Monday, 6 February 2017

ISIS, Boko Haram are recruiting child refugees - Quilliam report

A report from counter-extremism think tank Quilliam states that an estimated 88,300 unaccompanied children are at risk of being radicalized by extremist groups

- Researchers warns that jihadi groups, including Isis and Boko Haram, have attempted to recruit children within refugee camps using financial incentives

Extremist groups, including Isis and Boko Haram in a desperate attempt to attract new recruits to their ranks are now paying smugglers’ fees for child refugees.

According to the UK Guardian, a report from counter-extremism think tank Quilliam, states that that an estimated 88,300 unaccompanied children – identified by the European Union’s police agency Europol as having gone missing – were at risk of being radicalized.

The report which was published on, Monday, February 6, warns that jihadi groups, including ISIS and Boko Haram, have attempted to recruit within refugee camps using financial incentives, as well as working with the people smugglers.

Nikita Malik, a senior researcher at Quilliam, said: “Young asylum seekers are targeted by extremist groups as they are more vulnerable to indoctrination, make able fighters and, in the case of girls, can create a new GENERATION of recruits. This report outlines national and international requirements to reduce the risk of child-trafficking, extremism and modern slavery.”

Malik citing a propaganda material form the extremist groups said from June last year to last month, she 263 instances of such groups attempted to convince refugees to wage jihad against non-believers or join extremists and convert to Islam.

Examining the online material from Isis, the Taliban, al-Qaida, al-Shabaab in Somalia and Boko Haram in Nigeria, researchers found the four Islamist groups mentioned refugees every day between 13 June 2016 and 8 January 2017, with the most dominant theme – 53% of all references – relating to calls from fighters and believers urging refugees to wage jihad. Another 32.1% of the gathered data related to “negative grievances”, the grim consequences if they attempted to leave.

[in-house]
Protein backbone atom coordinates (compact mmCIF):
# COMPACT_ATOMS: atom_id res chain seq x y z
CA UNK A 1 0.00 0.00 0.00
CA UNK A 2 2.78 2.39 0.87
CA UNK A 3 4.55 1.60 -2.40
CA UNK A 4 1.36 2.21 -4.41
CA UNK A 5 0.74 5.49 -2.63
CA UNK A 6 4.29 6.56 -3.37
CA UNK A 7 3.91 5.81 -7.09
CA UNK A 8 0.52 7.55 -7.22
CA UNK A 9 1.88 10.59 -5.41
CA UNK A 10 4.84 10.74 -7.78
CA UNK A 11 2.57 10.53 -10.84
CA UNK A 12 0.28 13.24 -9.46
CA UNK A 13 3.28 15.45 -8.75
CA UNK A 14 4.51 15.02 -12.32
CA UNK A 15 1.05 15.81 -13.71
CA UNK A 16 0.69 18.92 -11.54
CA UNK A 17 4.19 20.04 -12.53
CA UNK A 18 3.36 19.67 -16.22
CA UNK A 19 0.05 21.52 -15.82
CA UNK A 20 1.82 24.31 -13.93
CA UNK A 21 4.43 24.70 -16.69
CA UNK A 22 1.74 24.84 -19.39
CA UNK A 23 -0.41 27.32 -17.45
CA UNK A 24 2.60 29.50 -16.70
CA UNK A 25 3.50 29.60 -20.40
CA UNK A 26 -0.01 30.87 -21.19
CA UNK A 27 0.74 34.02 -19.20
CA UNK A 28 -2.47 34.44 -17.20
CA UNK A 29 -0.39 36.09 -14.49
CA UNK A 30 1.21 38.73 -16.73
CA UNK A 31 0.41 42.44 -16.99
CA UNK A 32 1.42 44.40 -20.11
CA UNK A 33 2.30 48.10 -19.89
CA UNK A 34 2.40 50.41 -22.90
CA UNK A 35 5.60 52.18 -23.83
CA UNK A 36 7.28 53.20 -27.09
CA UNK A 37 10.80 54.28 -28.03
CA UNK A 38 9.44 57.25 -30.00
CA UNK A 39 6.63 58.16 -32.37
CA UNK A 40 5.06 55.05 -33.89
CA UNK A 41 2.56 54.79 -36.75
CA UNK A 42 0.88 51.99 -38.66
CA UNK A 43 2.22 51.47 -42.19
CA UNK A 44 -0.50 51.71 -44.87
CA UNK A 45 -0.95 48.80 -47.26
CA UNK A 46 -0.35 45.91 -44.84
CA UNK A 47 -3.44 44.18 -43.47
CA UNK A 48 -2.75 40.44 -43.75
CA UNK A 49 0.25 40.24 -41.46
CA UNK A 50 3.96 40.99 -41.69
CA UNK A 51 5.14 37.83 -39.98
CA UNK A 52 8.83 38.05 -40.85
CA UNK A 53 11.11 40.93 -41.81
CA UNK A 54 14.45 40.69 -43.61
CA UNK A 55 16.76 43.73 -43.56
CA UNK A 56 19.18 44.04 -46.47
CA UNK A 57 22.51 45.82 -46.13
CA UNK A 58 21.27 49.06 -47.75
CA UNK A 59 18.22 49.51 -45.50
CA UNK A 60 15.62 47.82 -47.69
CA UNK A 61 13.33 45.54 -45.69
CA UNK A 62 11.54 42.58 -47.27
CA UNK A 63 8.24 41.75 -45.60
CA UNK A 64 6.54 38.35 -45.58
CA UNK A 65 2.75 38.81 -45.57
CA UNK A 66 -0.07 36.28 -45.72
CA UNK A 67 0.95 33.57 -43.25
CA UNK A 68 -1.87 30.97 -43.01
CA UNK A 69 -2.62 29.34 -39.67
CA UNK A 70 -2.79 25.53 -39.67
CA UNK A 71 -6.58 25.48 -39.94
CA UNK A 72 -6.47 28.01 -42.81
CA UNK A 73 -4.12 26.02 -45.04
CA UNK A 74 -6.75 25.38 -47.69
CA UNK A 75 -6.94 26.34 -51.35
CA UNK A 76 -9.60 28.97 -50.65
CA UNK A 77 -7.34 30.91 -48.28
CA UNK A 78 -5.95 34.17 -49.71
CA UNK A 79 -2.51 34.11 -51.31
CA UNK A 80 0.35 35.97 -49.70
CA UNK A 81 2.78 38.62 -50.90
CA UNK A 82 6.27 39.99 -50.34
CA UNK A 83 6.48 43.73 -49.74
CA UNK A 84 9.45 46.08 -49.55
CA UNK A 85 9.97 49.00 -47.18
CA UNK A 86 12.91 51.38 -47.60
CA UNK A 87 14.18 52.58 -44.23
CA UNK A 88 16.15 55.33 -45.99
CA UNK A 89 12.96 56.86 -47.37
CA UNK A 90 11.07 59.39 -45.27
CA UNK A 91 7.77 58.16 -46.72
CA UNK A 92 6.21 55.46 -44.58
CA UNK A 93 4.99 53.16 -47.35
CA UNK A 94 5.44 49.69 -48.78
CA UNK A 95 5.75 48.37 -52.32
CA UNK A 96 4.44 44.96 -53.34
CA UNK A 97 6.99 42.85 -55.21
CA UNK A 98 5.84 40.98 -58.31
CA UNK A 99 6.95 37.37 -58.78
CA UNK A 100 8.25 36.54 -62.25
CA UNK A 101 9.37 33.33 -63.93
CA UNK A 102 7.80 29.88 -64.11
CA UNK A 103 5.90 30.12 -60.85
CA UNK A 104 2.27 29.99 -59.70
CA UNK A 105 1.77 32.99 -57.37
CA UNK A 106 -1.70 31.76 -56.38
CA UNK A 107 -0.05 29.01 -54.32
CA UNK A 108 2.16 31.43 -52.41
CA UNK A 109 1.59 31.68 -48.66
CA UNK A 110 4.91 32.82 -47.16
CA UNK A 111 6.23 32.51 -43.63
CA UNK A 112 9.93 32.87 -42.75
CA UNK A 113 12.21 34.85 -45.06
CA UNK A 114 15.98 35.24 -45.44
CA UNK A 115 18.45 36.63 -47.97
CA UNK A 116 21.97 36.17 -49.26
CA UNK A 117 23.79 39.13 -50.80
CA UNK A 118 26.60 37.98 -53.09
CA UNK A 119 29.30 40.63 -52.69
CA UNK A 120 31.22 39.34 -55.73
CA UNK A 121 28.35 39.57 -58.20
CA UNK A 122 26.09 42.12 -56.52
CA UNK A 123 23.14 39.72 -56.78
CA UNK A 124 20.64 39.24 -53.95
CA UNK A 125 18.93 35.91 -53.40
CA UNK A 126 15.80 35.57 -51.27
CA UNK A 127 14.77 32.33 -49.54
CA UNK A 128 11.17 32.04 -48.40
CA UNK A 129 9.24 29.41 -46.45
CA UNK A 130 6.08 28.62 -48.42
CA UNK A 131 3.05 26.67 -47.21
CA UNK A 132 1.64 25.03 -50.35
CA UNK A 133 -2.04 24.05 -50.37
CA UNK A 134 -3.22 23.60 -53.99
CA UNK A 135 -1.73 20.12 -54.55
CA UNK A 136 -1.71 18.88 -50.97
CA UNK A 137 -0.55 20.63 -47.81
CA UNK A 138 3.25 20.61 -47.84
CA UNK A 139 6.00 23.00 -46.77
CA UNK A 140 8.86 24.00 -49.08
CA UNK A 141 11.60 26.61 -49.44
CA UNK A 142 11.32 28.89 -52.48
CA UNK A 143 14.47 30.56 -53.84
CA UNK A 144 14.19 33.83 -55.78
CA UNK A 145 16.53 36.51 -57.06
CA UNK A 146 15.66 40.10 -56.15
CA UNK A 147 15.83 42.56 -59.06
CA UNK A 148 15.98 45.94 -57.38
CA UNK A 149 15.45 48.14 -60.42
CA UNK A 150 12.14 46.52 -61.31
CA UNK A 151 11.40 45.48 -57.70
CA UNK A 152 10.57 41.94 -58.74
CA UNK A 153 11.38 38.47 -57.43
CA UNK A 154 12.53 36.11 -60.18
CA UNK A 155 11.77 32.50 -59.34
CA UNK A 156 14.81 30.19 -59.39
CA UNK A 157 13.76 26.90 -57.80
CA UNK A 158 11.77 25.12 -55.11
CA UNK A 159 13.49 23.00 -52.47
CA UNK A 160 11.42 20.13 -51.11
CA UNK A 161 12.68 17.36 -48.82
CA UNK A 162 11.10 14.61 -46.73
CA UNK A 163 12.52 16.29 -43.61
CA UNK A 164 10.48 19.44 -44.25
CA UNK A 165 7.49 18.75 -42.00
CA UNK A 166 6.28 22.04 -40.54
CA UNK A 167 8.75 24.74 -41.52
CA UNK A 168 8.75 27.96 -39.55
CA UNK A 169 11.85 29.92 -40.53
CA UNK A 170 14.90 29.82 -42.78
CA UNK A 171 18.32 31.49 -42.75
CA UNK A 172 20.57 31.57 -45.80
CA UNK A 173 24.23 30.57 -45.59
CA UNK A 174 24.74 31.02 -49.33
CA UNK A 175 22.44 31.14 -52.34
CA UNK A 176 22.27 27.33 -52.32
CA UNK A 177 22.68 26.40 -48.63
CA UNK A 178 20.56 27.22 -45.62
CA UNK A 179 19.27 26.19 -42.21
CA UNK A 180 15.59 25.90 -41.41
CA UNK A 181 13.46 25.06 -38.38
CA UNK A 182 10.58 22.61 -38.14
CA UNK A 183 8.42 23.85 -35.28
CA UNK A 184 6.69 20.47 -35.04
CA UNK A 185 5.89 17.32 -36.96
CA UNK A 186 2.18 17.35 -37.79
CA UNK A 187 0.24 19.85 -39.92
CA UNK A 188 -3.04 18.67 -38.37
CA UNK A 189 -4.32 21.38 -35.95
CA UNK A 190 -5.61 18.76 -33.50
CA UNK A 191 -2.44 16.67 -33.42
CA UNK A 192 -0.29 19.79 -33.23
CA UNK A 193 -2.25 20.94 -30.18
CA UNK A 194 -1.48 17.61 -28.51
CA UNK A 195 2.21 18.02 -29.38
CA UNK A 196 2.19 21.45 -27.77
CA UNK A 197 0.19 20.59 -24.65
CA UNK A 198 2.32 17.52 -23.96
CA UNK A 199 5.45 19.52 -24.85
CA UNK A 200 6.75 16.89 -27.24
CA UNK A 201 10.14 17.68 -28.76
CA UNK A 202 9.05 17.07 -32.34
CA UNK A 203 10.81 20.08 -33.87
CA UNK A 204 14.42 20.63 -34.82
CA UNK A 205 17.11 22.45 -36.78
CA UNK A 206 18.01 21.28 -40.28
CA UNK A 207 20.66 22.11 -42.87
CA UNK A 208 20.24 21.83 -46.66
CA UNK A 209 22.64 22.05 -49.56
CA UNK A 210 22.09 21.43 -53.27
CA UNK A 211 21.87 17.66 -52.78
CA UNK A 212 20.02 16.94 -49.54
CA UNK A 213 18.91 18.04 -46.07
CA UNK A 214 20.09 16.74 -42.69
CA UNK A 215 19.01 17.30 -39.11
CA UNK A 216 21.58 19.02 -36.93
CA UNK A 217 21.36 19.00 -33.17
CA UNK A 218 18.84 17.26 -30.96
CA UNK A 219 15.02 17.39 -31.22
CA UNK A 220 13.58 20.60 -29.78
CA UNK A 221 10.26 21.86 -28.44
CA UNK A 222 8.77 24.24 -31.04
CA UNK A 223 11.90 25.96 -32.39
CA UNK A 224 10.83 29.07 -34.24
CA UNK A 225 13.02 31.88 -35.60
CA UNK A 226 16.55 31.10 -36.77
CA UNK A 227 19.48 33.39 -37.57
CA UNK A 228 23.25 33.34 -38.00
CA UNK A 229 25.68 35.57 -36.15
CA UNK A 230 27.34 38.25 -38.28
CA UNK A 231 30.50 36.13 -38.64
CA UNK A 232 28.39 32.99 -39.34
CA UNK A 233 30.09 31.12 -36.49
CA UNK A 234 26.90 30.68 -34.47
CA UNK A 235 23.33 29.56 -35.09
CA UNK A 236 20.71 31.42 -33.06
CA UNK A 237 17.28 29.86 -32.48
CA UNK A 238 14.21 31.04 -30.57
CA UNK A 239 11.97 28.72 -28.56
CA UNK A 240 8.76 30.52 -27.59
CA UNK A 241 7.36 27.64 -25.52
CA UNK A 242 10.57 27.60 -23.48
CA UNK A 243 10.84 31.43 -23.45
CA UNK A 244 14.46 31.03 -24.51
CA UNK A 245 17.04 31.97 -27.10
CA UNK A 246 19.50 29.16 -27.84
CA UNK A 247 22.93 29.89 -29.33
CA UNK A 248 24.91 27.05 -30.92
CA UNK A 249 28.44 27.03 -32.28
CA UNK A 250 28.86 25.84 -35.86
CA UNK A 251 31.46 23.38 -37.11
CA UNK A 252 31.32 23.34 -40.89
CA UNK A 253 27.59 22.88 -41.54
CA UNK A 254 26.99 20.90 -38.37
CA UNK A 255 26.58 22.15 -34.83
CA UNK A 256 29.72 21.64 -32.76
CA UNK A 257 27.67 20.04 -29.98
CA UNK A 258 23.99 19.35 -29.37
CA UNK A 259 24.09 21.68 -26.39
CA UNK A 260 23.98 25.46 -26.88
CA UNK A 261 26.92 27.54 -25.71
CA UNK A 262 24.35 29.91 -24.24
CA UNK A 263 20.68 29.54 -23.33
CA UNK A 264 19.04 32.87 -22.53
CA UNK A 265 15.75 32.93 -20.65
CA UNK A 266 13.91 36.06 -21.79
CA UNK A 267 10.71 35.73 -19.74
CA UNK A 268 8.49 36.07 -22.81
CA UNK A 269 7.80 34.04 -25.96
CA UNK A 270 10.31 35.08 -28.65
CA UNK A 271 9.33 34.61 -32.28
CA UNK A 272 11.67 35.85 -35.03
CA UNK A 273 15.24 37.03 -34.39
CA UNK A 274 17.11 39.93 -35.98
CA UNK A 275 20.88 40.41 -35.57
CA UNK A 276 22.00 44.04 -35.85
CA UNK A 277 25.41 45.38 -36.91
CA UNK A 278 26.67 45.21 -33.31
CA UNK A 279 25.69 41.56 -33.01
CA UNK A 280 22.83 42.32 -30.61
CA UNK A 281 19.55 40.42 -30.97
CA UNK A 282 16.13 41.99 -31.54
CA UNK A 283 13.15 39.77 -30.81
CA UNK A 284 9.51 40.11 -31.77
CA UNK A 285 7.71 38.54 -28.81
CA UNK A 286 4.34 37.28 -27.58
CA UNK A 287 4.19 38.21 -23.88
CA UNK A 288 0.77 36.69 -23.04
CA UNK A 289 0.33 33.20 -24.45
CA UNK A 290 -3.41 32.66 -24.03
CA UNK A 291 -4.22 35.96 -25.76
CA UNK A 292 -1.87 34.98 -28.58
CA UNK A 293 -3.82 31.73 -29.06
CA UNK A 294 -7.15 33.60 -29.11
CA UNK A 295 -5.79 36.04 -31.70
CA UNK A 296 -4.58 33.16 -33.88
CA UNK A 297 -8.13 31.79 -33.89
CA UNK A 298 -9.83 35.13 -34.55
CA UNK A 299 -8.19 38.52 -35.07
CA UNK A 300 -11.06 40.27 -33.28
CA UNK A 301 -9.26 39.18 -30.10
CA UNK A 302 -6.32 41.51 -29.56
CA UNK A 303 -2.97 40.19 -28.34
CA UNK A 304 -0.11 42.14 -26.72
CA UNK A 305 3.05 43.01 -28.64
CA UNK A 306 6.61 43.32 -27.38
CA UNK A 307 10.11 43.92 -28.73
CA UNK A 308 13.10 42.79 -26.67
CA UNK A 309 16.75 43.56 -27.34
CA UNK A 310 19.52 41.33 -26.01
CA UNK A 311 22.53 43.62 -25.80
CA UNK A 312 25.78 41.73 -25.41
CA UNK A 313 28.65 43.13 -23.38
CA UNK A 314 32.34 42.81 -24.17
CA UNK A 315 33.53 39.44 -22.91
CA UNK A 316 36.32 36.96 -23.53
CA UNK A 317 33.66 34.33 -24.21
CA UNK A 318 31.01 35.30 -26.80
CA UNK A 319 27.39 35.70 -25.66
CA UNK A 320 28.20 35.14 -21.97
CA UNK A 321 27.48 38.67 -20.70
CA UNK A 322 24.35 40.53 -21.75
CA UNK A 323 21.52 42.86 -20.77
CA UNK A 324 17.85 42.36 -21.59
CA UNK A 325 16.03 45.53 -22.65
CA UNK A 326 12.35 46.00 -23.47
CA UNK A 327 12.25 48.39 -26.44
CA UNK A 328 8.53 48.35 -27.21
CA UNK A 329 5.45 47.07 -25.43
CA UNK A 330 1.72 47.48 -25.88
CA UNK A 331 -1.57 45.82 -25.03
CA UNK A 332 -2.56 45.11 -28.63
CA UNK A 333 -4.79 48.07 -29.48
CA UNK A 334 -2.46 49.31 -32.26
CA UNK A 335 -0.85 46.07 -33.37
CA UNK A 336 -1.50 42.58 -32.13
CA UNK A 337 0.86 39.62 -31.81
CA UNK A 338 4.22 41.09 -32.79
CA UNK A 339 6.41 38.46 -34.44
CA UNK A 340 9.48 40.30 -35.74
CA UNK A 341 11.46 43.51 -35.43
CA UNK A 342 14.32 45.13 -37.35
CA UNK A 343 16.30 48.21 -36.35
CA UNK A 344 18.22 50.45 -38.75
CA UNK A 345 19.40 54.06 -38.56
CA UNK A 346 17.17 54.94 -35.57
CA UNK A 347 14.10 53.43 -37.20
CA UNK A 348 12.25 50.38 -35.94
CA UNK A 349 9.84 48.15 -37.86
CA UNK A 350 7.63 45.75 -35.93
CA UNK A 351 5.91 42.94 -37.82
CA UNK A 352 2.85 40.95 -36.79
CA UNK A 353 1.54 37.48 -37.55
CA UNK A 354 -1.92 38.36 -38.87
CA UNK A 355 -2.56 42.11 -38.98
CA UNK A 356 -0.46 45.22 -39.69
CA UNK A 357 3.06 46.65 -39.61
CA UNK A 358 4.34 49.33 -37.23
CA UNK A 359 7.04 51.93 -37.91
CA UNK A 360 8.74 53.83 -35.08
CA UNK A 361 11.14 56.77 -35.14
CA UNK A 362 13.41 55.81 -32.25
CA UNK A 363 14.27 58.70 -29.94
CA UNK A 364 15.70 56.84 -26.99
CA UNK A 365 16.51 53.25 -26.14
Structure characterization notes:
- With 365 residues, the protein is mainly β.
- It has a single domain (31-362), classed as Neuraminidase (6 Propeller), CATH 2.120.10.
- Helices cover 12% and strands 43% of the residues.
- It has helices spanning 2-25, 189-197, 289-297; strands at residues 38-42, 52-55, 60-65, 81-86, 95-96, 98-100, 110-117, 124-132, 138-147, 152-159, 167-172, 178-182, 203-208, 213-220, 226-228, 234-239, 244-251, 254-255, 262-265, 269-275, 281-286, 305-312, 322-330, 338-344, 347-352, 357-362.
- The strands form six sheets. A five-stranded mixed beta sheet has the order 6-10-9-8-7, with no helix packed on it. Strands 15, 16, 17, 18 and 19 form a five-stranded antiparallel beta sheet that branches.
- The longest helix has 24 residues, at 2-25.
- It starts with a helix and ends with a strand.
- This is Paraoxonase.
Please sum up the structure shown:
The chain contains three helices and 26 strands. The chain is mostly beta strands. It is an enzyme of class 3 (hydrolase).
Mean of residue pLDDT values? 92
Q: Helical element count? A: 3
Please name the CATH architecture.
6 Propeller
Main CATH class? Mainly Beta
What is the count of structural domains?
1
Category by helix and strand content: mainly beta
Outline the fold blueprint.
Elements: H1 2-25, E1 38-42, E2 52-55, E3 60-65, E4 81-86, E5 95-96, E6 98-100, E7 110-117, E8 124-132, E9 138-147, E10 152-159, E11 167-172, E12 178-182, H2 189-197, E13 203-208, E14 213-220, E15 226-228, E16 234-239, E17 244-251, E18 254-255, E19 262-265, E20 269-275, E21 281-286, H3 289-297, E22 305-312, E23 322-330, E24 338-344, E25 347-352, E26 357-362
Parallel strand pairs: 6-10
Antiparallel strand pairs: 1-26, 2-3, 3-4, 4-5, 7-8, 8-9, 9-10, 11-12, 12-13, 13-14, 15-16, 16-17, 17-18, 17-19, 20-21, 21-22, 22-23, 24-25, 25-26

According to researchers, ISIS had offered up to $2,000 (£1,600) to recruit within camps in Lebanon and Jordan. Last year, Jordanian special forces reportedly found what they described as an Isis sleeper cell inside a refugee camp near Irbid, north Jordan. Additional reports indicated that Isis had tried to recruit refugees by supplying food previously withheld from camp residents.

It cited the failures in the approach of Europe, particularly the UK, towards protecting child refugees travelling alone as a reason for the child refugee exploitation.

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The researchers state that one of the hotspots where the child refugees were particularly vulnerable to recruitment by extremist organisations is the north African coast where Quilliam said Isis fighters have offered £800 to those who join them.

The reports also identified the south Libyan town of Qatrun, as another hotpot where ISIS is believed to have offered £450 smuggler fees to allow refugees to travel north if they joined its ranks.

In a related news, the Nigeria Police Force has discovered a suspected Boko Haram sleeper cell in Kano state.

The police made the discovery in a joint operation it carried out with men of the Nigerian Securities and Civil Defence Corps, the Hisbah as well as local vigilantes in the state.

The action to rid the state of insurgency, according to the New Telegraph, became necessary following the constant alarm raised by the state governor, Dr Abdullahi Umar Ganduje.

Ganduje had often warned of the influx of insurgents who have been dislodged from the north-east.

The report said it was in the process of combing black spots in the state that the cell was discovered while 53 Boko Haram suspects are said to have been arrested following credible intelligence.

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